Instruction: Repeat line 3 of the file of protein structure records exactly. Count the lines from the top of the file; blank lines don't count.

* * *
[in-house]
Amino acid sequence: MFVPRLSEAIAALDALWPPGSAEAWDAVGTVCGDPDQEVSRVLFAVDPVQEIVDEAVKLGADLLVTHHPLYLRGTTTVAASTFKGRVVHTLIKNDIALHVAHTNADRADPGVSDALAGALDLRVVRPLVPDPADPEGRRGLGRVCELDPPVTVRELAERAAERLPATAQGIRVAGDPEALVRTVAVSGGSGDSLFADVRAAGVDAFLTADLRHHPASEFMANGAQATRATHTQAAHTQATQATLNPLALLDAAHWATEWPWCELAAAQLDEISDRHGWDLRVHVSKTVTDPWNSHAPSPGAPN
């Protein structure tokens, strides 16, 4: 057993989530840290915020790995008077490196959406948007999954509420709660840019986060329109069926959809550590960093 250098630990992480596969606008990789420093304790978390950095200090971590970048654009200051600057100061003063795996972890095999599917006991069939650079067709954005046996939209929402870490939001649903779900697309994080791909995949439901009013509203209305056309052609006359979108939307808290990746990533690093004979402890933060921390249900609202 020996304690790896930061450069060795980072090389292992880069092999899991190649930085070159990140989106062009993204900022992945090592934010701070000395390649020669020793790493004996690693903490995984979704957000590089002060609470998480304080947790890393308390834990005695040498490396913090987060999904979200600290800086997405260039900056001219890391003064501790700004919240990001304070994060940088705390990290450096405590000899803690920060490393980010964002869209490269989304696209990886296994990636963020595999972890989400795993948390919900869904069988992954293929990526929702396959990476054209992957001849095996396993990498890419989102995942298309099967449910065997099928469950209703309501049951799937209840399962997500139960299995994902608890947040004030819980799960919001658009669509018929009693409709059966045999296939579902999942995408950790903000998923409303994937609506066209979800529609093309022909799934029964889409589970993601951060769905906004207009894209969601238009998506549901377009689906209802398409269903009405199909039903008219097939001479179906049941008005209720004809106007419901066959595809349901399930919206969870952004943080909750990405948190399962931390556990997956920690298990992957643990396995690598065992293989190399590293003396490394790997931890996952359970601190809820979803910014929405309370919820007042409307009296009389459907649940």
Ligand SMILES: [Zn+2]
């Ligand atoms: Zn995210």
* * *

């Protein structure tokens, strides 16, 4: 057993989530840290915020790995008077490196959406948007999954509420709660840019986060329109069926959809550590960093 250098630990992480596969606008990789420093304790978390950095200090971590970048654009200051600057100061003063795996972890095999599917006991069939650079067709954005046996939209929402870490939001649903779900697309994080791909995949439901009013509203209305056309052609006359979108939307808290990746990533690093004979402890933060921390249900609202 020996304690790896930061450069060795980072090389292992880069092999899991190649930085070159990140989106062009993204900022992945090592934010701070000395390649020669020793790493004996690693903490995984979704957000590089002060609470998480304080947790890393308390834990005695040498490396913090987060999904979200600290800086997405260039900056001219890391003064501790700004919240990001304070994060940088705390990290450096405590000899803690920060490393980010964002869209490269989304696209990886296994990636963020595999972890989400795993948390919900869904069988992954293929990526929702396959990476054209992957001849095996396993990498890419989102995942298309099967449910065997099928469950209703309501049951799937209840399962997500139960299995994902608890947040004030819980799960919001658009669509018929009693409709059966045999296939579902999942995408950790903000998923409303994937609506066209979800529609093309022909799934029964889409589970993601951060769905906004207009894209969601238009998506549901377009689906209802398409269903009405199909039903008219097939001479179906049941008005209720004809106007419901066959595809349901399930919206969870952004943080909750990405948190399962931390556990997956920690298990992957643990396995690598065992293989190399590293003396490394790997931890996952359970601190809820979803910014929405309370919820007042409307009296009389459907649940």